|Start Page Number:||657|
|End Page Number:||690|
|Publication Date:||Aug 2017|
|Authors:||Aydinliyim Tolga, Vairaktarakis George L|
|Keywords:||simulation, game theory, manufacturing industries, production, demand, queues: applications, scheduling|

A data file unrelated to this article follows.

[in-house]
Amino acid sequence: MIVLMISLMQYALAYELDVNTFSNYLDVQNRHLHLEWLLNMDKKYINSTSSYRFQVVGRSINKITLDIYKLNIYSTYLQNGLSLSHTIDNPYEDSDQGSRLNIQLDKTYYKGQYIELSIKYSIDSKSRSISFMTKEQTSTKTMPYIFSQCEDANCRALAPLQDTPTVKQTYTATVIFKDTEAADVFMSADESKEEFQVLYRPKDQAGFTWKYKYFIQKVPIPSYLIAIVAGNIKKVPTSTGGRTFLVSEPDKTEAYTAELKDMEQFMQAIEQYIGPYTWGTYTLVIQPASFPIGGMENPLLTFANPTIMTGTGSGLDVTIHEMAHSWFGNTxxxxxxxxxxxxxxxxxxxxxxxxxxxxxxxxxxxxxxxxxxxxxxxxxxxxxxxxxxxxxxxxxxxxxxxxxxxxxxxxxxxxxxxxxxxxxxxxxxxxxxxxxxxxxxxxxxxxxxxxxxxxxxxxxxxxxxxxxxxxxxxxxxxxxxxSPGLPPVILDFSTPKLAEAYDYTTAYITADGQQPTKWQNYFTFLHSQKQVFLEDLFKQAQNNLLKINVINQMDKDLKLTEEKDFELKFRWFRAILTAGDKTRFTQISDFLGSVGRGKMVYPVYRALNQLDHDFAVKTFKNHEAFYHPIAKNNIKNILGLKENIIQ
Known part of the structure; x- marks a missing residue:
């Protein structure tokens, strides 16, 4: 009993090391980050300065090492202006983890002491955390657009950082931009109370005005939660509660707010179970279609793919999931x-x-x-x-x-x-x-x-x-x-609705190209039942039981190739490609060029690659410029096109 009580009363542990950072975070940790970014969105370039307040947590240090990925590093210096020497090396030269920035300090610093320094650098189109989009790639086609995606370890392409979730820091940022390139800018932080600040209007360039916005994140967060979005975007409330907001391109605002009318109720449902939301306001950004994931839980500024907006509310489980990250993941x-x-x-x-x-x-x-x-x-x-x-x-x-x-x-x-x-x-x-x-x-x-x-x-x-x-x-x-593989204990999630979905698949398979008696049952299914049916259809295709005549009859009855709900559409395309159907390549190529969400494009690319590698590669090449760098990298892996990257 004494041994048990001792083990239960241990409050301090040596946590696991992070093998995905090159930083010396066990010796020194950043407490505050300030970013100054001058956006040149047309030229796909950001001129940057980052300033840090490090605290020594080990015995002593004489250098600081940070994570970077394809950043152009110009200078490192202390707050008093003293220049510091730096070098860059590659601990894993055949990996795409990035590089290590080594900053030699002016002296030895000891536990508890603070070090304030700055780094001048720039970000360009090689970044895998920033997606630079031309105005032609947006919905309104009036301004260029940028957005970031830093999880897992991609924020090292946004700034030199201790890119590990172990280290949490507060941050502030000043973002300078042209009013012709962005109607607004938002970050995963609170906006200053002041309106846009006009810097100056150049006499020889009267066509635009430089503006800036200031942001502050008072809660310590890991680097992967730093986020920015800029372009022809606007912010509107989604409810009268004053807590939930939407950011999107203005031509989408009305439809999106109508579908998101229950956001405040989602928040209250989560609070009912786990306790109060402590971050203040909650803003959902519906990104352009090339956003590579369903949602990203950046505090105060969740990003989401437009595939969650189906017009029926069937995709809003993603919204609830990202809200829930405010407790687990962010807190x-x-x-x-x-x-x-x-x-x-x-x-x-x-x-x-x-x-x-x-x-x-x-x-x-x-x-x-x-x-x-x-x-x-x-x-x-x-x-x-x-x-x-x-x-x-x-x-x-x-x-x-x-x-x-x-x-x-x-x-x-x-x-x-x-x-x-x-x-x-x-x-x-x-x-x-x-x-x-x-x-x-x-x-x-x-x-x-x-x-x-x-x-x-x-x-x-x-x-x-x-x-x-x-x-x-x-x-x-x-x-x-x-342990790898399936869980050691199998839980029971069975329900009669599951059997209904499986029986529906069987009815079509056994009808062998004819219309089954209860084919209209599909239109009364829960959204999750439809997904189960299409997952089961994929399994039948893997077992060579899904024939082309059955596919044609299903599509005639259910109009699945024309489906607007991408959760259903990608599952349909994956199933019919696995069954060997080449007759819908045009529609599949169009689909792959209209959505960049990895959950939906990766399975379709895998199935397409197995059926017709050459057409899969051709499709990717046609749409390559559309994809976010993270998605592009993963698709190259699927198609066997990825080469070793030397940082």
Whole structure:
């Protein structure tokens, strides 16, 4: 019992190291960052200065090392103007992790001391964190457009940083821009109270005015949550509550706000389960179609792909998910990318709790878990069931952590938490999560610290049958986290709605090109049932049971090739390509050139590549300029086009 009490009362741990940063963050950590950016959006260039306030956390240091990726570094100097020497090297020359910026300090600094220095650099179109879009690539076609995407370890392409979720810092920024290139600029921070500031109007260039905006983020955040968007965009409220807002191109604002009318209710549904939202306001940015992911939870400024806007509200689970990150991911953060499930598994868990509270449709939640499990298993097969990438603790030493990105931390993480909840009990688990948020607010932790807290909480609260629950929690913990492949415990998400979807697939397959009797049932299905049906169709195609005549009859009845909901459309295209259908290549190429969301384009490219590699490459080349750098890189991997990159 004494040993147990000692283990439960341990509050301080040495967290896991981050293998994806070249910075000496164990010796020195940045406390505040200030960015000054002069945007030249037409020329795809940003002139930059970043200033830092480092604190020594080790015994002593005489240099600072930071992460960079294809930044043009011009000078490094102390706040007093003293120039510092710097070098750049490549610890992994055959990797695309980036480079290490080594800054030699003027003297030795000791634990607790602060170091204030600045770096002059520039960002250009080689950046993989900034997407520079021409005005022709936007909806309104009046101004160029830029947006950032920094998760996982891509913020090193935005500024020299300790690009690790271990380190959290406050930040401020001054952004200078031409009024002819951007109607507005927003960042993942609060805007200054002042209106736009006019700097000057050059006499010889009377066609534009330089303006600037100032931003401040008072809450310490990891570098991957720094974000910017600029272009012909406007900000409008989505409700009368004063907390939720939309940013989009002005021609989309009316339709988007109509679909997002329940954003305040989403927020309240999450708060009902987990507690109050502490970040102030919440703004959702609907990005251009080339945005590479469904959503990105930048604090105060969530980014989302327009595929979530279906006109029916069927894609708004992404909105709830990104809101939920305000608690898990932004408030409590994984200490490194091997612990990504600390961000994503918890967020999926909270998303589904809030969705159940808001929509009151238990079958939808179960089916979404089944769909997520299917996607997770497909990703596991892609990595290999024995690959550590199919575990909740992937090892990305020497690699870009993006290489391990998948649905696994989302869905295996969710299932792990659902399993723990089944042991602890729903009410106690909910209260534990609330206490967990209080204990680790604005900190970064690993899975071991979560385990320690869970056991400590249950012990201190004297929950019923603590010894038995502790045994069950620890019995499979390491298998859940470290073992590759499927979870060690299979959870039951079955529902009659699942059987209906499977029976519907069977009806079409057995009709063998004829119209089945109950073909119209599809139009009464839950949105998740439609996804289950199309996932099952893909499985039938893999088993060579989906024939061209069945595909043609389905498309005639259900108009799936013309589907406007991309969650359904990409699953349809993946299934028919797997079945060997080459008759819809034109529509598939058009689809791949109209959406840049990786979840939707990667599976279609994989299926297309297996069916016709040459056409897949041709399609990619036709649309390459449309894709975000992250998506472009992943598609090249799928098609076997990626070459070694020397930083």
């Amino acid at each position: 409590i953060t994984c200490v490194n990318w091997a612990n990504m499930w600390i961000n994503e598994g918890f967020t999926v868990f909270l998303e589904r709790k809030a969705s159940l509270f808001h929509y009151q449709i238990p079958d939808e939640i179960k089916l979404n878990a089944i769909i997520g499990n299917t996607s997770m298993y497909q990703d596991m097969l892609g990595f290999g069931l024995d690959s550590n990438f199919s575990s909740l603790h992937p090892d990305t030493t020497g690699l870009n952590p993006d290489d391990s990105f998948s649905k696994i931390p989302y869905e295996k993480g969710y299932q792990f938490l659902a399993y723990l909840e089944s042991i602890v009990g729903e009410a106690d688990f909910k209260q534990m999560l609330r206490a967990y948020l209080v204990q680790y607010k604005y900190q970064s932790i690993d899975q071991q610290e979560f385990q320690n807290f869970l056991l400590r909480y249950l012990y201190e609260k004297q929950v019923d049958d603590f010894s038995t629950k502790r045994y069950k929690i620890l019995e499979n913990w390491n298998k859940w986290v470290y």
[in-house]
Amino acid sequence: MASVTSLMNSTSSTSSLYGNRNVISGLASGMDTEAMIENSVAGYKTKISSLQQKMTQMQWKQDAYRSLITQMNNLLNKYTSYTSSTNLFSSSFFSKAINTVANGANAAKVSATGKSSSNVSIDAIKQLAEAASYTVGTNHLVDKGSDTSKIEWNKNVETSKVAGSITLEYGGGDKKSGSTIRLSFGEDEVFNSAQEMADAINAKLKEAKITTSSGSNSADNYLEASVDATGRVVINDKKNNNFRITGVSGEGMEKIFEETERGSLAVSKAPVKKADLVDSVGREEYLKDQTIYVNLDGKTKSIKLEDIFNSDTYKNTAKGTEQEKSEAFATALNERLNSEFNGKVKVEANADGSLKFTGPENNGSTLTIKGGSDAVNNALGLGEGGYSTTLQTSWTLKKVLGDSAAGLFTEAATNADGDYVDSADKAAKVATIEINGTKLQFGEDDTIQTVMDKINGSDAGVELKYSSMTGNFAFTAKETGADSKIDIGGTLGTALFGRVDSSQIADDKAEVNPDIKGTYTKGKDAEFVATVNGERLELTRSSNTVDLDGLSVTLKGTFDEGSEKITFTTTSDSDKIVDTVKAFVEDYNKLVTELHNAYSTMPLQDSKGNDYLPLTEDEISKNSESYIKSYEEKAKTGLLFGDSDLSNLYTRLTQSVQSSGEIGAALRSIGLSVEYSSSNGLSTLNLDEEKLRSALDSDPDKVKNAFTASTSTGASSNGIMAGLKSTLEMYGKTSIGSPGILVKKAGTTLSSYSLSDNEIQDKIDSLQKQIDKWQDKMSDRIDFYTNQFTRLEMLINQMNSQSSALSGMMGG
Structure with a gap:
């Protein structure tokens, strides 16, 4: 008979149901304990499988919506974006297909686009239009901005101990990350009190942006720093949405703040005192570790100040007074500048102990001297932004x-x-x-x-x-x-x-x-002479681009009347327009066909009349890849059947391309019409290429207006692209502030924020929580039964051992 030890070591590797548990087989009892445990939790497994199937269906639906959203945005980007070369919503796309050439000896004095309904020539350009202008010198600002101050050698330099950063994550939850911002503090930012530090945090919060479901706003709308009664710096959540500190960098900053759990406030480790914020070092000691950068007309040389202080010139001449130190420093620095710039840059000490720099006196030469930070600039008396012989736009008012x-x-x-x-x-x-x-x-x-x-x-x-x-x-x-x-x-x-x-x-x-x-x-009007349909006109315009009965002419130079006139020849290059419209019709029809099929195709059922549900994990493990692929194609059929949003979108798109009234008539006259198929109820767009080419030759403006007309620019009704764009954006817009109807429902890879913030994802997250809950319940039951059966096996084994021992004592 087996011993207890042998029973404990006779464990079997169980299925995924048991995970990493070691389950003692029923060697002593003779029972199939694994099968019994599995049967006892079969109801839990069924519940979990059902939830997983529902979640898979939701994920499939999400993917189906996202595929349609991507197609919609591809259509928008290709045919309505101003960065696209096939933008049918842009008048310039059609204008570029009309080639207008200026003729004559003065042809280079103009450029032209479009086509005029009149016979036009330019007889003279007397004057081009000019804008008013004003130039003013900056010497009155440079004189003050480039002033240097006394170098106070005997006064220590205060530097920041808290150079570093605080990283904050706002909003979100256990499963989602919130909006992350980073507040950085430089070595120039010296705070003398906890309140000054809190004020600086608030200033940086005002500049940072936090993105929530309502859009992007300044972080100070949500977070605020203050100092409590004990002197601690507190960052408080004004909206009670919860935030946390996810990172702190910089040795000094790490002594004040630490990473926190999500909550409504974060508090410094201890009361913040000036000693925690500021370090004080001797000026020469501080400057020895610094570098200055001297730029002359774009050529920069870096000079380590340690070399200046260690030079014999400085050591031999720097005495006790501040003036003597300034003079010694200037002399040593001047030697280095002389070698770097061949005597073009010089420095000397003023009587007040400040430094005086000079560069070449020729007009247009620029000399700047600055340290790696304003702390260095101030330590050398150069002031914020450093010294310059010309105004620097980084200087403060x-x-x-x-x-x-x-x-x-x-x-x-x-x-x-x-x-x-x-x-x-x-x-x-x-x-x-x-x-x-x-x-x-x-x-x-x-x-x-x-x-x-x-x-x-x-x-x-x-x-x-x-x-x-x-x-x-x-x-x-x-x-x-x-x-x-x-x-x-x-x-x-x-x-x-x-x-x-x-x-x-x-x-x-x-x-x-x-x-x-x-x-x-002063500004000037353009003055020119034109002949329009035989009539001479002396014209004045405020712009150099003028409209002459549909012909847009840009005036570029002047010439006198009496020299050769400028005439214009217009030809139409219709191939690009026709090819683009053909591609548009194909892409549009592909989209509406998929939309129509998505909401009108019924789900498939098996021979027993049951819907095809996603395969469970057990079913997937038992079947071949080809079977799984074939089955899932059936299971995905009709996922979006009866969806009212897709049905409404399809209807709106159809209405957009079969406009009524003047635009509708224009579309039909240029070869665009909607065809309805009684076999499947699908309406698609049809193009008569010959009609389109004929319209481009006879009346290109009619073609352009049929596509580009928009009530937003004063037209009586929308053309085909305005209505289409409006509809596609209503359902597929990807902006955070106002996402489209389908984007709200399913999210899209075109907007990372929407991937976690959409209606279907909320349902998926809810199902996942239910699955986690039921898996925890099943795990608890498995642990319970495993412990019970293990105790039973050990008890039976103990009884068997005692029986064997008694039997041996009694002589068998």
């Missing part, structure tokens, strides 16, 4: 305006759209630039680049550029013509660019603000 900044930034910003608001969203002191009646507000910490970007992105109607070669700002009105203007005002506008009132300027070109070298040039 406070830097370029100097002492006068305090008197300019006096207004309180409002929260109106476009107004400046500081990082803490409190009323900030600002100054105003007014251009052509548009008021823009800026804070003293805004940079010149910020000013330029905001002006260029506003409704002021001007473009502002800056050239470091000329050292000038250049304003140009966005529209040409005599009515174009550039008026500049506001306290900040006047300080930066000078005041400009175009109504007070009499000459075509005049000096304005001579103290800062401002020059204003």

Subcontracting has become a prominent business practice across many industries. Subcontracting of industrial production is generally based on short‐term need for additional processing capacity, and is frequently employed by manufacturers to process customer orders more quickly than using only in‐house production. In this article, we study a popular business model where multiple manufacturers, each capable of processing his entire workload in‐house, have the option to subcontract some of their operations to a single third party with a flexible resource. Each manufacturer can deliver customer orders only after his entire batch of jobs, processed in‐house and at the third party, is completed. The third party facility is available to several manufacturers who compete for its use. Current business practice of First‐Come‐First‐Served (FCFS) processing of the subcontracted workloads as well as the competitive Nash equilibrium schedules developed in earlier studies result in two types of inefficiencies; the third party capacity is not maximally utilized, and the manufacturers incur decentralization cost. In this article, we develop models to assess the value created by coordinating the manufacturers' subcontracting decisions by comparing two types of centralized control against FCFS and Nash equilibrium schedules. We present optimal and/or approximate algorithms to quantify the third party underutilization and the manufacturers' decentralization cost. We find that both inefficiencies are more severe with competition than they are when the third party allocates capacity in an FCFS manner. However, in a decentralized setting, a larger percentage of the players prefer Nash equilibrium schedules to FCFS schedules. We extend our analysis to incomplete information scenarios where manufacturers reveal limited demand information, and find that more information dramatically benefits the third party and the manufacturers, however, the marginal benefit of additional information is decreasing. Finally, we discuss an extension wherein each manufacturer's objective takes into account asymmetries in subcontracting, in‐house processing, and delay costs.